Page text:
DTS of all materials showed increase in values with elevated temperature. However; this increase was only significant in the case of CM-T2. The wide scatter of data, however, might be the reason behind this statistical insignificance of the other groups. Similar observation was reported in two previous studies where authors obtained high standard deviations for flexural strength of composites [11, 28]. One of these studies investigated the effect of pre-warming on flexural strength and found significance in some but not all tested composites [11]. In contrast Fróes-Salgado et al. and Uctasli et al. reported no significant difference in flexural strength between preheated and room temperature composite [14, 21]. Further investigation is warranted in this respect.

The positive outcomes of composite pre-warming, in the clinical situation, are expected to depend on the rate of cooling after removing from the warming device and on the handling time before curing. A previous study reported a 50% temperature drop within 2 min of removing composite compules from all of three heating devices tested [22]. Positive outcomes also depend on the composite brand and type as the current study showed. It is also worth mentioning that although all 3 tested materials showed different responses to heat treatment, none of these responses was negative. Either statistically significant improvement to mechanical properties or no statistical significance was found.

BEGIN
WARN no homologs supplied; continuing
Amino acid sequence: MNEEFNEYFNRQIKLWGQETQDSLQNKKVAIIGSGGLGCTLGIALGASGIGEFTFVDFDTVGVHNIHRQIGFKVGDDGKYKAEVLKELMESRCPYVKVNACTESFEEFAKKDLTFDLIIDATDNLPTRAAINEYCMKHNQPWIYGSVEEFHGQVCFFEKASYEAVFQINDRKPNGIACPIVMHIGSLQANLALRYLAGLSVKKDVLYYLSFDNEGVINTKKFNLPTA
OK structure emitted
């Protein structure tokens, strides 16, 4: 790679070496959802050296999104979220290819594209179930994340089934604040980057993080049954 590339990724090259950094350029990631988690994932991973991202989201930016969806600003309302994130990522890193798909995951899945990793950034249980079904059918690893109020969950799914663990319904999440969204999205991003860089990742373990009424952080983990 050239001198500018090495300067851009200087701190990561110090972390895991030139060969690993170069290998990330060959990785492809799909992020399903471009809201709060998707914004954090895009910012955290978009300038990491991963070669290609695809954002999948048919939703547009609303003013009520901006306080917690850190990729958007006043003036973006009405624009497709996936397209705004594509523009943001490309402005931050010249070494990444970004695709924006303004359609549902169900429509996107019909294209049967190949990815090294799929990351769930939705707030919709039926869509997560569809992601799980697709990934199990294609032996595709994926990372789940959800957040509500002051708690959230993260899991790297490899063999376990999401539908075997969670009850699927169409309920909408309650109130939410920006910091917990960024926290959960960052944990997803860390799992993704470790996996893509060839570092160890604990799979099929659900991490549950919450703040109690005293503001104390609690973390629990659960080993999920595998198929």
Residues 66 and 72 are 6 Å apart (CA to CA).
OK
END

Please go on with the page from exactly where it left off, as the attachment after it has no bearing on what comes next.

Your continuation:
In addition to the potential benefits of composite pre-warming, Daronch et al. reported that preheated composite allows for reduced light exposure time up to 75%, resulting in similar or better monomer conversion when compared to room temperature composite with regular exposure time [16]. This may reduce temperature generated from application of curing light. Intrapulpal temperature rise generated from using pre-warmed composite in vital teeth should not be a concern for clinicians. As a previous study reported, temperature rise was mild, while the greatest temperature change occurred with application of the curing light. When composite was preheated to 54°C or 60°C and placed on 1 mm thickness of remaining dentin, the temperature rise inside pulp was 0.8°C while the rise due to light curing was 5°C [29].

5. Conclusions

Within the limits of this study, the following can be concluded.(1)Prepolymerization warming of composites significantly enhanced surface hardness of two of the three tested composites. This may influence their wear-resistance. However, more investigation is needed in this respect. (2)Prepolymerization warming of composites significantly enhanced compressive strength of one tested material. Diametral tensile strength was increased with prepolymerization warming; however, the difference was statistically significant with only one material. (3)Different composite brands behave differently with heat treatment resulting in different mechanical properties.

Acknowledgments

The authors would like to thank the following entities: Synca-Canada, 3M/ESPE, Bisco, and Kuraray.